Unfortunately, drug and alcohol addiction can strike anyone at any time, and the consequences of…
Family practice doctors can treat typical illnesses and injuries, like coughs, colds, ear infections, the flu, and skin problems, but what most people don’t realize is that family practice centers also have skilled addiction rehab specialists. This is of particular importance, considering the fact that a 2012 National Survey on Drug Use found that more than 21 million Americans could be abusing drugs and/or alcohol. Yet, fewer than 2.5 million individuals will pursue treatment through family practice centers each year.
There could be a number of preventive factors keeping those who need help most from the receiving the care they need, with fear being one of the most dominant. The unknown is scary. Addicts and alcoholics don’t know what’s going to happen in the family practice center. They don’t know how bad detox will get, nor how they’ll go on living without their abusive substance.
In order to get these loved ones the help that they need, it’s necessary to help them overcome this fear of the unknown by giving them the information they want–by having answers ready to any questions they may ask. To help you get your loved one to a family practice center, here are a few of the most common questions they may ask about rehab.
How Long Does Rehab Take?
Unfortunately, there is no magic number of days that it takes to beat addiction. The length of someone’s stay at a family practice center all depends on how long their detox takes, and how long it takes them to get through their programs. Some might only need a 30 day program, while others could take as long as a 90 days for full treatment.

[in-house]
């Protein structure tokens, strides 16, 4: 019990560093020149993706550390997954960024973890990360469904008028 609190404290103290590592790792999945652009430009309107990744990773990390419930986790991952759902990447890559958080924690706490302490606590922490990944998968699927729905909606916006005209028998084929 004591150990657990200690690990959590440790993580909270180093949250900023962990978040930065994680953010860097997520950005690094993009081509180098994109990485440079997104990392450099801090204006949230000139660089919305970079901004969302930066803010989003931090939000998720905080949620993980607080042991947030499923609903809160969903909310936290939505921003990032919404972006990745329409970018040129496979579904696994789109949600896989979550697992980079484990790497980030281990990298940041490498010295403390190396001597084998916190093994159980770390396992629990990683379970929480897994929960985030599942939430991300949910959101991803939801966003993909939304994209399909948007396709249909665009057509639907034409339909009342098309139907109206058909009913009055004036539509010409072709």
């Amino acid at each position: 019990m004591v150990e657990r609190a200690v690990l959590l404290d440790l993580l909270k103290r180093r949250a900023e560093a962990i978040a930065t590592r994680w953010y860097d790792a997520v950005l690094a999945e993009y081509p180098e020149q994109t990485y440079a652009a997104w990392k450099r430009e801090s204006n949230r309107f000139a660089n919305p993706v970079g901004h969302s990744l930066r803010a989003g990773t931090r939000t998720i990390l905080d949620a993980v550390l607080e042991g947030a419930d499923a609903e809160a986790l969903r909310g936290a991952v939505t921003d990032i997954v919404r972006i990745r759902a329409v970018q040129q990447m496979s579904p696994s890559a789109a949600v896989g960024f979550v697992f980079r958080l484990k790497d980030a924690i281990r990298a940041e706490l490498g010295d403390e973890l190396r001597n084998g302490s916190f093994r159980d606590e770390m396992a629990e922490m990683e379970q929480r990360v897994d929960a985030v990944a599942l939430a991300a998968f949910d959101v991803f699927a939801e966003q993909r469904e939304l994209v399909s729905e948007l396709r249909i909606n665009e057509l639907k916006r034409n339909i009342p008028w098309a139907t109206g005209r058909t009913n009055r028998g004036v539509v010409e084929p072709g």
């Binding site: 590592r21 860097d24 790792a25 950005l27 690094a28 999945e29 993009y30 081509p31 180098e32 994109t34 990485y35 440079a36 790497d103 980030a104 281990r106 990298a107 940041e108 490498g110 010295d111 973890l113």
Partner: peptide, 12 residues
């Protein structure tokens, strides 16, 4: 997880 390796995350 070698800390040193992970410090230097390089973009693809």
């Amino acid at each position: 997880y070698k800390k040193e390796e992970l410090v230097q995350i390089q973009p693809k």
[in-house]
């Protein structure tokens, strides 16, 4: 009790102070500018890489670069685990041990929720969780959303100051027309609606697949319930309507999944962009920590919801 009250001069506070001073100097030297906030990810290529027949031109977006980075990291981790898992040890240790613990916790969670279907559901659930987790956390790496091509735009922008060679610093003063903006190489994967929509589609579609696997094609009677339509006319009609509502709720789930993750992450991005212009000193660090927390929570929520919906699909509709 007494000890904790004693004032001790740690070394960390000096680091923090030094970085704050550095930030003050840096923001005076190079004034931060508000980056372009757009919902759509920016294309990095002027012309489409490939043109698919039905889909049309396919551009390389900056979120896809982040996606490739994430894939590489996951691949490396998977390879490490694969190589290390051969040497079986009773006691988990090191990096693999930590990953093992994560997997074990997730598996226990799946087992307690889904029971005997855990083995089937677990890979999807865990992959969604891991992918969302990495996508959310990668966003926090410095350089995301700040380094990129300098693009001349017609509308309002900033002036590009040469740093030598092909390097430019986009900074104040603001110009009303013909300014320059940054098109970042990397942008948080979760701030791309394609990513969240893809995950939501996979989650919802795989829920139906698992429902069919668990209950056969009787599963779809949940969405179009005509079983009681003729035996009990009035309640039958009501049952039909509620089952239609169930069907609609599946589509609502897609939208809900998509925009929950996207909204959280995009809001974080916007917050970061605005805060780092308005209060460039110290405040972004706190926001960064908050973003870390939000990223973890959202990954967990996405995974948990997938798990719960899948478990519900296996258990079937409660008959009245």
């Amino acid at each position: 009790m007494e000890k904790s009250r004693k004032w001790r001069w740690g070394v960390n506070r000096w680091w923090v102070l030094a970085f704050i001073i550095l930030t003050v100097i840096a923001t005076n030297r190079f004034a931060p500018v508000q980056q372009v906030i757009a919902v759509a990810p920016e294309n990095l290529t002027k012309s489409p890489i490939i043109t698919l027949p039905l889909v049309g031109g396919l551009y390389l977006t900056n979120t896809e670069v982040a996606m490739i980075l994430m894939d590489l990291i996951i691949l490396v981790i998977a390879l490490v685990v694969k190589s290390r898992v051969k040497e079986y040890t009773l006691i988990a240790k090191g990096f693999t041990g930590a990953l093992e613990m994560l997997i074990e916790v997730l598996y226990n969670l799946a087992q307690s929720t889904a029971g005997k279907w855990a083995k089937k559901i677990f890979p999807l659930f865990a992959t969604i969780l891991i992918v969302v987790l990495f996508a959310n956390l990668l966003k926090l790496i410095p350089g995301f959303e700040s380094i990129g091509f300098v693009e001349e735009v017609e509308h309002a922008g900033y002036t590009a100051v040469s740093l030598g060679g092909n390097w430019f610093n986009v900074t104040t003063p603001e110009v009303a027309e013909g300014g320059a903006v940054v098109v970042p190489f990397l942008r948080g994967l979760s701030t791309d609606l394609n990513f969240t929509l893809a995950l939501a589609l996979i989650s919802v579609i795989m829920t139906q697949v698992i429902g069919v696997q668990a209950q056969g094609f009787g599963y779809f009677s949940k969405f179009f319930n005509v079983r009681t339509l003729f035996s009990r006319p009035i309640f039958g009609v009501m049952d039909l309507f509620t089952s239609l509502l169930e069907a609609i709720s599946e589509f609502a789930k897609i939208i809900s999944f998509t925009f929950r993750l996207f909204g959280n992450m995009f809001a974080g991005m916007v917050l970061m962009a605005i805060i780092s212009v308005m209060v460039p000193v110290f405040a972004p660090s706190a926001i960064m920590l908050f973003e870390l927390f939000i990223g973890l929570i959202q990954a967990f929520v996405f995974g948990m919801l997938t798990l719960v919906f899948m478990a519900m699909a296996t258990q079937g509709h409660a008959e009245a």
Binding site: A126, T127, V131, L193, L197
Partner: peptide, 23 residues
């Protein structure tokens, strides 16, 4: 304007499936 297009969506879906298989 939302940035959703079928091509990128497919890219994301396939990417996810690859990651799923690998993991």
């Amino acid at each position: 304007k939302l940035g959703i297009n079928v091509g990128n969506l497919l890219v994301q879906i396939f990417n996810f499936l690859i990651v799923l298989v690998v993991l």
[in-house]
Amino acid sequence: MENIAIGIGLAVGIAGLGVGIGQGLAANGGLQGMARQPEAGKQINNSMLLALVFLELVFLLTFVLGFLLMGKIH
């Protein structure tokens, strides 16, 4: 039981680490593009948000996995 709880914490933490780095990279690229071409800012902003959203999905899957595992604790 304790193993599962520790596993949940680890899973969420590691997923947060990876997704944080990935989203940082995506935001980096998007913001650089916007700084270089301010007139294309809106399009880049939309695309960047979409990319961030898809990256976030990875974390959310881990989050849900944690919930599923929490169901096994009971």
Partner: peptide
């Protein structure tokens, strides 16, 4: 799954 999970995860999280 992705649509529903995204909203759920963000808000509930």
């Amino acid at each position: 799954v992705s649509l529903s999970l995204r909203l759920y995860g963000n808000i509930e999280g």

Will Detox Hurt?
Sadly, yes. Withdrawal symptoms can sometimes be uncomfortable and painful. For chronic users, symptoms can even be life threatening, which is why it’s so important to get the help of a family practice center. At that point, any attempts to quit could prove lethal.
The symptoms all depend on the substances being used, and the length of their abuse. Common alcohol withdrawal symptoms include nausea, vomiting, headache, irritability, depression, anxiety, fatigue, and in extreme cases, seizures and delirium tremens, which consists of periods of confusion, hallucinations, and extreme agitation.
What Happens Next?
Upon leaving a family practice center, there is aftercare that needs to be complied with. Addiction is different from a broken arm. The bone is set, healed, and life returns to normal. Addiction is a chronic problem that can never quite fully be conquered. Though people have healed and moved on, it always lurks in the dark, ready to seize them again. This is why aftercare, such as participating in group therapy or individual counseling, is so essential.
If someone in your family is suffering, do not hesitate to consider getting them help from one of the many available alcohol detox centers. Taking them to a family practice center for detox could help save their life. If you have any questions, feel free to ask in the comments.